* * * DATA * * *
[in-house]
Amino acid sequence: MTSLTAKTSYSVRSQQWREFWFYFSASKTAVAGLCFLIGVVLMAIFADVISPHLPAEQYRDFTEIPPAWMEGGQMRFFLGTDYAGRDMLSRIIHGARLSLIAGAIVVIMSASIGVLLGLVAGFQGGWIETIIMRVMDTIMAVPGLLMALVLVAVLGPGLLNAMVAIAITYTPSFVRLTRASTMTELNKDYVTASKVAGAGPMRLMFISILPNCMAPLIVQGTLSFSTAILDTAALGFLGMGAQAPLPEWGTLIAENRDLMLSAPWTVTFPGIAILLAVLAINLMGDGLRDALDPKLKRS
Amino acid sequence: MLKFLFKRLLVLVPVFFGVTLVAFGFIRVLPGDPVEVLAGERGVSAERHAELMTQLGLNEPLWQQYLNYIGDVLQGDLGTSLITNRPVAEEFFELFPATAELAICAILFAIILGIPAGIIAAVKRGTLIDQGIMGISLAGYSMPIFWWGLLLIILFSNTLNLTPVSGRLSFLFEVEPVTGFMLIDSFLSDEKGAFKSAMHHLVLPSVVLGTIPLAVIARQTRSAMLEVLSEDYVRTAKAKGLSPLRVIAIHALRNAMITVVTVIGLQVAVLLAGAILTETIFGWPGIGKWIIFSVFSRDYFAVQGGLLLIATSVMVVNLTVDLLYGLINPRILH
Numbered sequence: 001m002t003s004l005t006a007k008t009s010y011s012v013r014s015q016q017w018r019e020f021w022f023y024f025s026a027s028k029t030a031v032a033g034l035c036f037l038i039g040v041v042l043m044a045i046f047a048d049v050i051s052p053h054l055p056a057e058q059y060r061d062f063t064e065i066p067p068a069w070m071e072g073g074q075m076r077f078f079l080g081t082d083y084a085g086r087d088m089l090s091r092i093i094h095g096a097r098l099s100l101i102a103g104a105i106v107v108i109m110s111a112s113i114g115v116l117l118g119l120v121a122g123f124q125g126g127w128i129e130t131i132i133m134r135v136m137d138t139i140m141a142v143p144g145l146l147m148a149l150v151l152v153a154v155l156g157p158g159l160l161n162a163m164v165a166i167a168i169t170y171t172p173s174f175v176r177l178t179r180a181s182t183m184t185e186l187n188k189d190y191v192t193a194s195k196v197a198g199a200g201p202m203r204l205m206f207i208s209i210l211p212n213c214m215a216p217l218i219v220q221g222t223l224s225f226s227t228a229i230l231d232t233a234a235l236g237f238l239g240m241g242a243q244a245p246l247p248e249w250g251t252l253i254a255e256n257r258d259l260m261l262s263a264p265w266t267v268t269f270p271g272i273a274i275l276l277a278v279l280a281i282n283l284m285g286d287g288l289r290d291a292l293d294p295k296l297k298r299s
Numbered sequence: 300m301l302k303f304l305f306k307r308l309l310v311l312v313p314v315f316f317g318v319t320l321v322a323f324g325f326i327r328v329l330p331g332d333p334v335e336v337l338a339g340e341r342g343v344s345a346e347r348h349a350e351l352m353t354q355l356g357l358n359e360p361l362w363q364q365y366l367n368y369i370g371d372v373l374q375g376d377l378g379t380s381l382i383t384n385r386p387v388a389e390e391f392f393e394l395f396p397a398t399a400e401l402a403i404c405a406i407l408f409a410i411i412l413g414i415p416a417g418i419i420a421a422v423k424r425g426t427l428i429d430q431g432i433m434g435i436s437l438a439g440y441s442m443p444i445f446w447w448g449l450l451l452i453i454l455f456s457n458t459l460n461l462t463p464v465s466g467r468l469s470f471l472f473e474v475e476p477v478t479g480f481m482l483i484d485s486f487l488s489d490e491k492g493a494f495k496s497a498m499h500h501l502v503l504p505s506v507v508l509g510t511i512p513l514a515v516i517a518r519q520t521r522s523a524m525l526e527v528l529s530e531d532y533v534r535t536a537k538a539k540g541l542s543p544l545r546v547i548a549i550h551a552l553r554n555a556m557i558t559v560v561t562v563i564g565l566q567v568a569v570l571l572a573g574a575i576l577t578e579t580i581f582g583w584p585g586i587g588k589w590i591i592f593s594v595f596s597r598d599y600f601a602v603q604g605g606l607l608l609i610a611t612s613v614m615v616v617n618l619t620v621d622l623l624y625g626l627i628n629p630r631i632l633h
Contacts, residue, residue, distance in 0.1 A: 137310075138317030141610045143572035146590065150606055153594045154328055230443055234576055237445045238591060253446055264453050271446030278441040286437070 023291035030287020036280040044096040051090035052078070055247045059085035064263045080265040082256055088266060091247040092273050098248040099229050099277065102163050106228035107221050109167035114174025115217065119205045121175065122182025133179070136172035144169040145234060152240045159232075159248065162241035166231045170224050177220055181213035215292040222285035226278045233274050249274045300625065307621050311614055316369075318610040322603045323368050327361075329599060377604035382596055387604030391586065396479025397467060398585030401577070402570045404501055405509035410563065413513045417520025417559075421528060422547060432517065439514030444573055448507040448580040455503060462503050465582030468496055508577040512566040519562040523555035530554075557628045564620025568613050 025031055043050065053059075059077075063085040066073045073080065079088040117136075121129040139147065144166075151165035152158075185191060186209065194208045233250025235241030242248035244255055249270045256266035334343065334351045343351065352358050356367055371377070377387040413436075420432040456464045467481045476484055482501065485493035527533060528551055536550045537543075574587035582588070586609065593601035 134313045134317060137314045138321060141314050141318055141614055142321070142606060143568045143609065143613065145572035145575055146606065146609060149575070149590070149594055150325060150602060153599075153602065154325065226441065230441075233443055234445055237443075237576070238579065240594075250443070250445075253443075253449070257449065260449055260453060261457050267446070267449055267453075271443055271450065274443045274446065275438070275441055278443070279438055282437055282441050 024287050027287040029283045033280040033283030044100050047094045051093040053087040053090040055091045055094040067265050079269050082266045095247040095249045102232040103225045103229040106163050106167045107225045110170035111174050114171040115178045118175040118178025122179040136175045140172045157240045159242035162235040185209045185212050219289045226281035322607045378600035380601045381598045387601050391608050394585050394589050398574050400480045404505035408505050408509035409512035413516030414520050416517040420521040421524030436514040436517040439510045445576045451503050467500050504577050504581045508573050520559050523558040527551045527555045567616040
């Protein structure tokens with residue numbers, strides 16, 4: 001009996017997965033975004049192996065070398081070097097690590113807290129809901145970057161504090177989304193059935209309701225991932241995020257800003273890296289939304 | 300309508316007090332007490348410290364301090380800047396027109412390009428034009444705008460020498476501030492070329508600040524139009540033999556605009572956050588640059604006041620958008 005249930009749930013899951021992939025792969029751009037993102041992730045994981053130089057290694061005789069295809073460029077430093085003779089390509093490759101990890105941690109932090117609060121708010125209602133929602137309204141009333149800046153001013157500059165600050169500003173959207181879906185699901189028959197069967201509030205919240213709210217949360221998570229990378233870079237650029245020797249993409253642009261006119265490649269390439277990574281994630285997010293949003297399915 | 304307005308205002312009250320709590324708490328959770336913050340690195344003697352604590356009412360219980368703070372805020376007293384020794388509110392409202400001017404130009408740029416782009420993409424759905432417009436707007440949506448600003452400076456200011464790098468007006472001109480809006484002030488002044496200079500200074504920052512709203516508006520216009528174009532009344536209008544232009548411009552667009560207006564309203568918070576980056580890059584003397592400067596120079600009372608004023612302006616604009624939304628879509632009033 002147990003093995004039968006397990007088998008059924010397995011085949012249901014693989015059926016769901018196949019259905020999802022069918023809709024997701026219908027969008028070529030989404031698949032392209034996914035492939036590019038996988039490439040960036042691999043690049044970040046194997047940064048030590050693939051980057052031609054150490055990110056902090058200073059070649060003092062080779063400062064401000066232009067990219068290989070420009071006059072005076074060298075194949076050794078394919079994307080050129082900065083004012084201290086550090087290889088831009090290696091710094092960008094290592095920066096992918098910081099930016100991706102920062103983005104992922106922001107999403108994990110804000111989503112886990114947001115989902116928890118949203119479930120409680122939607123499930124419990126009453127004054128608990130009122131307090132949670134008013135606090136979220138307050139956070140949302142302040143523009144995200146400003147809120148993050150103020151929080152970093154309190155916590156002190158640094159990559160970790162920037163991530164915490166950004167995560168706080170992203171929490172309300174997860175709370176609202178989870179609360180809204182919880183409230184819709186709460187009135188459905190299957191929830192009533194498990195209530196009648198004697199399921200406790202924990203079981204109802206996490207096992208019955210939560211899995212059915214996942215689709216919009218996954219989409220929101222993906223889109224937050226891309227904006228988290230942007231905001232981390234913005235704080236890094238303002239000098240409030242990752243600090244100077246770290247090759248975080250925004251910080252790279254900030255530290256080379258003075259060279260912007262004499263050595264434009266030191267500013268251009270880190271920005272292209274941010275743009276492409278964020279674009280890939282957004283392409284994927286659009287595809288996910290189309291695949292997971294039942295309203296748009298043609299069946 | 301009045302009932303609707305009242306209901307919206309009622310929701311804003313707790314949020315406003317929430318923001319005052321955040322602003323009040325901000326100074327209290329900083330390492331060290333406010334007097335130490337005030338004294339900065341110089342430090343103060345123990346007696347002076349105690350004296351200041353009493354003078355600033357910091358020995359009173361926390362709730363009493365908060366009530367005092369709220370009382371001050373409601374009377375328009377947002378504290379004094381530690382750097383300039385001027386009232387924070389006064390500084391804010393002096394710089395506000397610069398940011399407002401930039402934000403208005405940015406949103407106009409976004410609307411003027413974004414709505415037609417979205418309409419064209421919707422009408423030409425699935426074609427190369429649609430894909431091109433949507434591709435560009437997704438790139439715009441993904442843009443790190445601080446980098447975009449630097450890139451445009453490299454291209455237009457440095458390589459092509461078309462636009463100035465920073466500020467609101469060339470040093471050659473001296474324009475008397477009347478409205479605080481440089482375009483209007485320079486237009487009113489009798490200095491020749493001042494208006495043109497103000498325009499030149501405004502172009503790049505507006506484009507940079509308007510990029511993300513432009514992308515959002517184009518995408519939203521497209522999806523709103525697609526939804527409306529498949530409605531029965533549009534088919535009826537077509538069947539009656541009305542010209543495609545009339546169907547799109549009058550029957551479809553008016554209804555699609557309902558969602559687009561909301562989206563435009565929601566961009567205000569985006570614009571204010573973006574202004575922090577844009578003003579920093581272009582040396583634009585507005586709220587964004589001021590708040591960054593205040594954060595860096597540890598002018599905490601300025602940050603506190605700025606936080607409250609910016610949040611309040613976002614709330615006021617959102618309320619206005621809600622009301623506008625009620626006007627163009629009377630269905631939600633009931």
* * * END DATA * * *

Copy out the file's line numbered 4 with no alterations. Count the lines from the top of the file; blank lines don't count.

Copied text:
Numbered sequence: 001m002t003s004l005t006a007k008t009s010y011s012v013r014s015q016q017w018r019e020f021w022f023y024f025s026a027s028k029t030a031v032a033g034l035c036f037l038i039g040v041v042l043m044a045i046f047a048d049v050i051s052p053h054l055p056a057e058q059y060r061d062f063t064e065i066p067p068a069w070m071e072g073g074q075m076r077f078f079l080g081t082d083y084a085g086r087d088m089l090s091r092i093i094h095g096a097r098l099s100l101i102a103g104a105i106v107v108i109m110s111a112s113i114g115v116l117l118g119l120v121a122g123f124q125g126g127w128i129e130t131i132i133m134r135v136m137d138t139i140m141a142v143p144g145l146l147m148a149l150v151l152v153a154v155l156g157p158g159l160l161n162a163m164v165a166i167a168i169t170y171t172p173s174f175v176r177l178t179r180a181s182t183m184t185e186l187n188k189d190y191v192t193a194s195k196v197a198g199a200g201p202m203r204l205m206f207i208s209i210l211p212n213c214m215a216p217l218i219v220q221g222t223l224s225f226s227t228a229i230l231d232t233a234a235l236g237f238l239g240m241g242a243q244a245p246l247p248e249w250g251t252l253i254a255e256n257r258d259l260m261l262s263a264p265w266t267v268t269f270p271g272i273a274i275l276l277a278v279l280a281i282n283l284m285g286d287g288l289r290d291a292l293d294p295k296l297k298r299s